Every new novel begins with an inspiration comparable to The Big Bang – an explosion of light and matter and creative force capable of producing an entire universe, not to mention critical acclaim, several awards, and New York Times best seller status.
Of course, in the light of the next day, what appeared to be the genesis of life usually turns out to be one of those sparklers you stick in your lawn on the Fourth of July. But, hey, any light in the darkness is better than none!
Here’s where first drafts begin to diverge. Plotters will tackle the characterization, plot, and theme with the precision of architects and engineers.
Pantsters, on the other hand, will scribble a couple notes on a napkin before strapping on a harness and a bungee cord and leaping off a cliff.
III. One Quarter of the Way In:
About 15-20k words into the story, pantsters find themselves wrestling an alligator. It’s suddenly a squirming fury of snapping jaws and wicked teeth, with a thrashing tail and a hide too tough to penetrate. They realize, while fighting for limb and life, that this is not what they envisioned back in that Big Bang stage!
Meanwhile, plotters look at that carefully designed and meticulously implemented story structure they created and discover it looks more like:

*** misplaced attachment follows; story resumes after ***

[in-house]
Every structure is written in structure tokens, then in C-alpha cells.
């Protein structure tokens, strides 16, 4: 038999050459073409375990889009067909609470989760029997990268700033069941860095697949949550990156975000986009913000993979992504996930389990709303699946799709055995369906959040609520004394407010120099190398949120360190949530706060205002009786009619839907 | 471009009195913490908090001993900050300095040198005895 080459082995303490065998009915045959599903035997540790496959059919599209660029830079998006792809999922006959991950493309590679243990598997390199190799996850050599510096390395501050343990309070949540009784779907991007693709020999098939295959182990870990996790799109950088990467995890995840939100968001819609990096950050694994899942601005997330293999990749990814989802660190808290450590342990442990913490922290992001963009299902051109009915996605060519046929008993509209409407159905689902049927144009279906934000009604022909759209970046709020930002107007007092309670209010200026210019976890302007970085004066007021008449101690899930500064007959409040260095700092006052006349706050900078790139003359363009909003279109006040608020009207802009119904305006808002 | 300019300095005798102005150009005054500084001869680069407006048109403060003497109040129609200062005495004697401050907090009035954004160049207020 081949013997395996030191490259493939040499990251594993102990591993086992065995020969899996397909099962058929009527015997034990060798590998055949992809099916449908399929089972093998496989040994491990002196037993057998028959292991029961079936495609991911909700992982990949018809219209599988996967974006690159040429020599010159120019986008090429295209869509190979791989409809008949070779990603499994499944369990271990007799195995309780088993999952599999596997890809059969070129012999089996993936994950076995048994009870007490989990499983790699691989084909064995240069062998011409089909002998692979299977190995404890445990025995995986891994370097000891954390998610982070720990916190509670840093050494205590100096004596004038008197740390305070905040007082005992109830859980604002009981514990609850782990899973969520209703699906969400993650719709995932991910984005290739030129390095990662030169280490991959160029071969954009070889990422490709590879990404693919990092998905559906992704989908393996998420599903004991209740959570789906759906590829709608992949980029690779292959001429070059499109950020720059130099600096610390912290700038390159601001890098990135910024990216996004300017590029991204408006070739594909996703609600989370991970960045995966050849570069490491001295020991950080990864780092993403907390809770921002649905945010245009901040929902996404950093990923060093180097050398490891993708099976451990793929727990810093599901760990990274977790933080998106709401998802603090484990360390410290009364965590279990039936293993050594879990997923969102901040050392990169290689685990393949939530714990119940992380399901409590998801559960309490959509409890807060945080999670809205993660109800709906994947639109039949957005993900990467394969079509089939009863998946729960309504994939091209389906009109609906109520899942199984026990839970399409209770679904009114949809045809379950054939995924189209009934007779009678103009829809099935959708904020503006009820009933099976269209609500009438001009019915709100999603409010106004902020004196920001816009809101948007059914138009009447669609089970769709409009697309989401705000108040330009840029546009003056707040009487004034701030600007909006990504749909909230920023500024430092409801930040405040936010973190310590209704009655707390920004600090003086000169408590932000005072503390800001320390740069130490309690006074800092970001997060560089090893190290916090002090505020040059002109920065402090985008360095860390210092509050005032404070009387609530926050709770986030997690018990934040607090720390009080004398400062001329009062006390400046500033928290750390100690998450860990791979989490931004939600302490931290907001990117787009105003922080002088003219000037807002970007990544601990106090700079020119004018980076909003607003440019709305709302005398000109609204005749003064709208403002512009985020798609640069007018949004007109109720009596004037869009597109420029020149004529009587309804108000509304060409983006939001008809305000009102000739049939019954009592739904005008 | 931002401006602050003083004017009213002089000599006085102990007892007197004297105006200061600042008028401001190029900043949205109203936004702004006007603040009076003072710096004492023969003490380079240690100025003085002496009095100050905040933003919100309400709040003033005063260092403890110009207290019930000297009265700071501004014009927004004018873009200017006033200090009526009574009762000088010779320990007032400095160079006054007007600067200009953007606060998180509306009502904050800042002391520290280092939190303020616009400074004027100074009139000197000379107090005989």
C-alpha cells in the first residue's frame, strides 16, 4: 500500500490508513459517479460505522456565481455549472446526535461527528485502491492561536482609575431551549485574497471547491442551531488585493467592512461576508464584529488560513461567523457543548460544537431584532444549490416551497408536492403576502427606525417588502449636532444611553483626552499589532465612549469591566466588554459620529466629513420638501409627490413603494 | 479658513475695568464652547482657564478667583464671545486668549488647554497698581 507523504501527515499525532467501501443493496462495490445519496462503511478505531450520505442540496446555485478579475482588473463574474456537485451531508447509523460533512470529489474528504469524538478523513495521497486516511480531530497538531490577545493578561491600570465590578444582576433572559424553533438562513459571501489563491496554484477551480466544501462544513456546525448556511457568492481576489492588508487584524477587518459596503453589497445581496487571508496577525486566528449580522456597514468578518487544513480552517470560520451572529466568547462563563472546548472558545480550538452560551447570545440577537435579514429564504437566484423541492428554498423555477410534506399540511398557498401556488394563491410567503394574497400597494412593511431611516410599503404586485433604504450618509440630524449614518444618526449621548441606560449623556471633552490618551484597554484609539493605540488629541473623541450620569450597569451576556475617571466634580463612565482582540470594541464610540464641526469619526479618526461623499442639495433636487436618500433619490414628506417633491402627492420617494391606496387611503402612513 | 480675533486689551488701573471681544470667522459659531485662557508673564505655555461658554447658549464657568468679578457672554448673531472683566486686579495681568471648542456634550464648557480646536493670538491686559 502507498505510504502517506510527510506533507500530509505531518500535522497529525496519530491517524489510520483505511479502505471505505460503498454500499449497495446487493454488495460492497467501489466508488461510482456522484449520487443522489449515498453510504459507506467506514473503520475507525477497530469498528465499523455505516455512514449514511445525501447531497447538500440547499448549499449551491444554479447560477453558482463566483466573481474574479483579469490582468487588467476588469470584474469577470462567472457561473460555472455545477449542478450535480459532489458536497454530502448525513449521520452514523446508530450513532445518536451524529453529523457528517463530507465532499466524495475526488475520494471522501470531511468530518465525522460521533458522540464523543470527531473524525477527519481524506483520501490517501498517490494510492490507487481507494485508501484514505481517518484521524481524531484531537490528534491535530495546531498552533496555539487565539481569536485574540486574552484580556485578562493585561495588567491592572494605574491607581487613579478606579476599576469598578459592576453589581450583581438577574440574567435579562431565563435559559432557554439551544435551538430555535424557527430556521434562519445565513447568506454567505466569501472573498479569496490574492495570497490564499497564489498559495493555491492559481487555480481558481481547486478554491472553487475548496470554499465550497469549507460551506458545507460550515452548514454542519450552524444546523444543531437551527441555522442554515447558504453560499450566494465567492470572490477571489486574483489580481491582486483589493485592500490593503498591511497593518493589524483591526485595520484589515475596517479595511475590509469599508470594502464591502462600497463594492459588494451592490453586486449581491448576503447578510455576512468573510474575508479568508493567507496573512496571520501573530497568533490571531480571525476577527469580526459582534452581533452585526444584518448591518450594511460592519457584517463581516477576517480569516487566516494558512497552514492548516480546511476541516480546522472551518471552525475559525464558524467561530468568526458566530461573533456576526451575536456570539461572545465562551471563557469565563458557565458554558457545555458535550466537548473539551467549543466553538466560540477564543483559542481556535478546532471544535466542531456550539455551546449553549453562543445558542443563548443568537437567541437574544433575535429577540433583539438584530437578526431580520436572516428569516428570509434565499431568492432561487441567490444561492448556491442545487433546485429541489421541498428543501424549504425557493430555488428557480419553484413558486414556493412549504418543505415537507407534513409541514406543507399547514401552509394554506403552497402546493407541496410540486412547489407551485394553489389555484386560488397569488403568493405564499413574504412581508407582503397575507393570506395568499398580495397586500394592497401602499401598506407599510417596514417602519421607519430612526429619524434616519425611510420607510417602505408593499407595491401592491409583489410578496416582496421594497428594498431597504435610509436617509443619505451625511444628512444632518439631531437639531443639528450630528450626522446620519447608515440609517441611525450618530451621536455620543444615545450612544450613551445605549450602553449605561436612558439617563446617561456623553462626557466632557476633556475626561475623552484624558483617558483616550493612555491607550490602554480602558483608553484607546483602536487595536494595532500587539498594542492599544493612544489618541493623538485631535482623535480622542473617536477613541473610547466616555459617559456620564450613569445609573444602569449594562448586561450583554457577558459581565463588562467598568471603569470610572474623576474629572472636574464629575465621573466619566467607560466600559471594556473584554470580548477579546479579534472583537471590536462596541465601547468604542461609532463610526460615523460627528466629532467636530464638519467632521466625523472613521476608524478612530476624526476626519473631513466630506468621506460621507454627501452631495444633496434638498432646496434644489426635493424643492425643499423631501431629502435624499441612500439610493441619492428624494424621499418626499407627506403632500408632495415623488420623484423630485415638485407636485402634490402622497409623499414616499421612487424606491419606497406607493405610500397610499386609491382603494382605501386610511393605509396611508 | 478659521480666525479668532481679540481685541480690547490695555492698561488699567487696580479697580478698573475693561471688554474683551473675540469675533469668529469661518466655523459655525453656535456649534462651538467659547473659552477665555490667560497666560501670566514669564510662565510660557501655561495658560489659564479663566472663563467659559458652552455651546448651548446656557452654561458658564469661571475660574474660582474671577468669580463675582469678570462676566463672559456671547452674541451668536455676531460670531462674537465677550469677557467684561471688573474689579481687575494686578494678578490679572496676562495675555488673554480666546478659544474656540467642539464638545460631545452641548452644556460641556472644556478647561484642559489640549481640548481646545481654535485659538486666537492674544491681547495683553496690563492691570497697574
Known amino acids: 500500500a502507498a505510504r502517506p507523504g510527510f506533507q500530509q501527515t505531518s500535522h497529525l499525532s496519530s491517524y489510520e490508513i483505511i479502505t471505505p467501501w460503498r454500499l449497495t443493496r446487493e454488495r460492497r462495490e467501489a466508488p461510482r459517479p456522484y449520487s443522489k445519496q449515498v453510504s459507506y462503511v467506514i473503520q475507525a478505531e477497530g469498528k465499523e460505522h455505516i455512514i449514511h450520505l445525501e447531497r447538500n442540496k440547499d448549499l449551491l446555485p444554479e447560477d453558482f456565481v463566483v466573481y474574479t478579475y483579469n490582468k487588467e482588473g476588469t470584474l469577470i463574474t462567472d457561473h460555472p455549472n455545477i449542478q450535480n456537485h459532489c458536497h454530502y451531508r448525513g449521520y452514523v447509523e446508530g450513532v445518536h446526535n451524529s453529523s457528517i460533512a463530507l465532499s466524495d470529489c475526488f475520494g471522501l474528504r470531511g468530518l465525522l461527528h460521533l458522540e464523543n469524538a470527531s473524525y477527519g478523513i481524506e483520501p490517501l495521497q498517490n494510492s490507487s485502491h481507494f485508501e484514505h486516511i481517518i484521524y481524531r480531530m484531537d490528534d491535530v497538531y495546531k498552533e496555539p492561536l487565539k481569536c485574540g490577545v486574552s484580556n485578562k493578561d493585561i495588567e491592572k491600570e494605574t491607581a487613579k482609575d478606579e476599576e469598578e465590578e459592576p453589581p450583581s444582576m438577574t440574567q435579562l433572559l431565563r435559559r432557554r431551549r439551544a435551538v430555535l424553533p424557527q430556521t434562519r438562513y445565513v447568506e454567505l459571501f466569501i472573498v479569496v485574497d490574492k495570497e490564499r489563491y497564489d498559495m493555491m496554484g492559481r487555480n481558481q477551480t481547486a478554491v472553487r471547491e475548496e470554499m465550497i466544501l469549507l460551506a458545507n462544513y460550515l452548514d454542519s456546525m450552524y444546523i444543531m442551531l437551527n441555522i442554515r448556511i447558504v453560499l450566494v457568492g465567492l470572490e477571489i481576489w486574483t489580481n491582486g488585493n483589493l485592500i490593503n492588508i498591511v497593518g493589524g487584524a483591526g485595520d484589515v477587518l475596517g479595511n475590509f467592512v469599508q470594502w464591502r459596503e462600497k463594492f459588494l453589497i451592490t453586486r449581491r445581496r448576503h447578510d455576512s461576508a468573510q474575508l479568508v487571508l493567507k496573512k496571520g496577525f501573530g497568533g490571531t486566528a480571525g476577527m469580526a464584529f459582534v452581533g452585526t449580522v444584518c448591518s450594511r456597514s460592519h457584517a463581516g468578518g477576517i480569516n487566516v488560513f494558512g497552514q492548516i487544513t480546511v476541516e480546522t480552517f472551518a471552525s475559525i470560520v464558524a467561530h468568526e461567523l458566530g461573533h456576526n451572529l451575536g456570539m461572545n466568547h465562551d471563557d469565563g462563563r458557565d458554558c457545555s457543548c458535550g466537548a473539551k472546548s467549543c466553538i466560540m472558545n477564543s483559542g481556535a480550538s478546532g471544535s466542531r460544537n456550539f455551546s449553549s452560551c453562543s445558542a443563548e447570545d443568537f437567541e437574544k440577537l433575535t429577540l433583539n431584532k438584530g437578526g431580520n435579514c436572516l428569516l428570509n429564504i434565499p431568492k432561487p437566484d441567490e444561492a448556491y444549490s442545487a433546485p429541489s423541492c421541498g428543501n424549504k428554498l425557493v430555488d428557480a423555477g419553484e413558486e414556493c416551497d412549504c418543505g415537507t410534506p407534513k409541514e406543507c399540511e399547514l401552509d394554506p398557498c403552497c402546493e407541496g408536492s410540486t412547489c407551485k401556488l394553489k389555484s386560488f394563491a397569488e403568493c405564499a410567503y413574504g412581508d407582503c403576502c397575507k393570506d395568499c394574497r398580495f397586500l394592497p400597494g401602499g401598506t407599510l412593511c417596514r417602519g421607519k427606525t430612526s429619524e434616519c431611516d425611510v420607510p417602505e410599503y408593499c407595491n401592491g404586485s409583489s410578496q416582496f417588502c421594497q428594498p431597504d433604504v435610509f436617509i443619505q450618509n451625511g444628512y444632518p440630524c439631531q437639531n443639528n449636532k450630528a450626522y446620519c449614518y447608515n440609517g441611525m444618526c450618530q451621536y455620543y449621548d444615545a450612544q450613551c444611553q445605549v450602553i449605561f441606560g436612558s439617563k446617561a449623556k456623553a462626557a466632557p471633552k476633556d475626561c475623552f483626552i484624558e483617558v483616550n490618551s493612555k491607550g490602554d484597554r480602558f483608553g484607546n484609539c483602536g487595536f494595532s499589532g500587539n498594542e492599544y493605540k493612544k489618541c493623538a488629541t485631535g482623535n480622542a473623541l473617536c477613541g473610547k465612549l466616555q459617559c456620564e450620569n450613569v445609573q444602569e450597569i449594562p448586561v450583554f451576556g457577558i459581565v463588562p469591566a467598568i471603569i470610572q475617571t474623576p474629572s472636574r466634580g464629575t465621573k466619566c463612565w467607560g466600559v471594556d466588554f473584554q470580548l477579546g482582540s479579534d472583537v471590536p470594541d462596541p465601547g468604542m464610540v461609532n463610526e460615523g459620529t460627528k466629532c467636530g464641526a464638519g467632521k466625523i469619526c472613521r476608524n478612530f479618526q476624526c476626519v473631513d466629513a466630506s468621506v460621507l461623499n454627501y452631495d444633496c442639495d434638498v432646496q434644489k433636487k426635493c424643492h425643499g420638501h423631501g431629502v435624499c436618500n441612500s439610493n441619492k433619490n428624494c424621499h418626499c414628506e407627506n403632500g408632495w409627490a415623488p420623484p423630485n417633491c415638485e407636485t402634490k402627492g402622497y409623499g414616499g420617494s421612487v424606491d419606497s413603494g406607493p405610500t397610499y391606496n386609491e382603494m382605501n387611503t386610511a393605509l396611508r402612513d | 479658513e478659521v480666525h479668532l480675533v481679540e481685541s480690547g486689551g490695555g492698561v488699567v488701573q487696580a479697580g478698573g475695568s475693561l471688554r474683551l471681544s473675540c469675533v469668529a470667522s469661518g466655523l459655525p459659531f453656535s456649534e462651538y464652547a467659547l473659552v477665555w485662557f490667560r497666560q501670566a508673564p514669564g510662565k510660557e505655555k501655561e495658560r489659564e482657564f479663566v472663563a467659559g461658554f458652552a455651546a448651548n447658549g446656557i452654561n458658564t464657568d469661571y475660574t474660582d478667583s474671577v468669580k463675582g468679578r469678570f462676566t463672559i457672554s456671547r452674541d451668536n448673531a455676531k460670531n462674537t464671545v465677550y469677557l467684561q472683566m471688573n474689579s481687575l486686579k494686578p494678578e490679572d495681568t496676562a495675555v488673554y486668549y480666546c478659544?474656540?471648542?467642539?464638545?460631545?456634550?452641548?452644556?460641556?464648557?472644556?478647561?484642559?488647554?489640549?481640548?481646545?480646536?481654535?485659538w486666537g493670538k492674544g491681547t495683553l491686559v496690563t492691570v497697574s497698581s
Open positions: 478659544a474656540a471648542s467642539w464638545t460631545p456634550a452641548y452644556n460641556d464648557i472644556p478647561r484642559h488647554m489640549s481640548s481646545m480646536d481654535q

IV. Playing Possum:
No matter where the writer is on the continuum between pantster and plotter, at some point the first draft will look like this:
It’s not dead. It’s just playing dead. Poke it with a stick. Poke it again. Google possums on the internet and verify: It can’t really be dead. It’s faking. Isn’t it?
V. The Home Stretch:
Assuming the possum isn’t really dead, the story begins to move again. The writer breathes life into it, then can’t stop to catch a breath. Plotters find themselves back on their outline; pantsters discover their subconscious was right all along. The story moves so fast, the writer can barely keep up. Forget sleep. Forget meals. Forget the children and the husband – they know how to use the microwave, gosh darn-it!
VI. The Masterpiece:
Finally, after a few weeks (or months, or years) of toil, the writer produces the first draft of that brilliant masterpiece, first conceived in a moment of ultimate creativity.
And it looks like this:
Oh well, it’s yours anyway, and you love it. Besides, you’ve had some Big Bang-ish ideas for Draft #2, and there’s still plenty of time to get your Michelangelo on!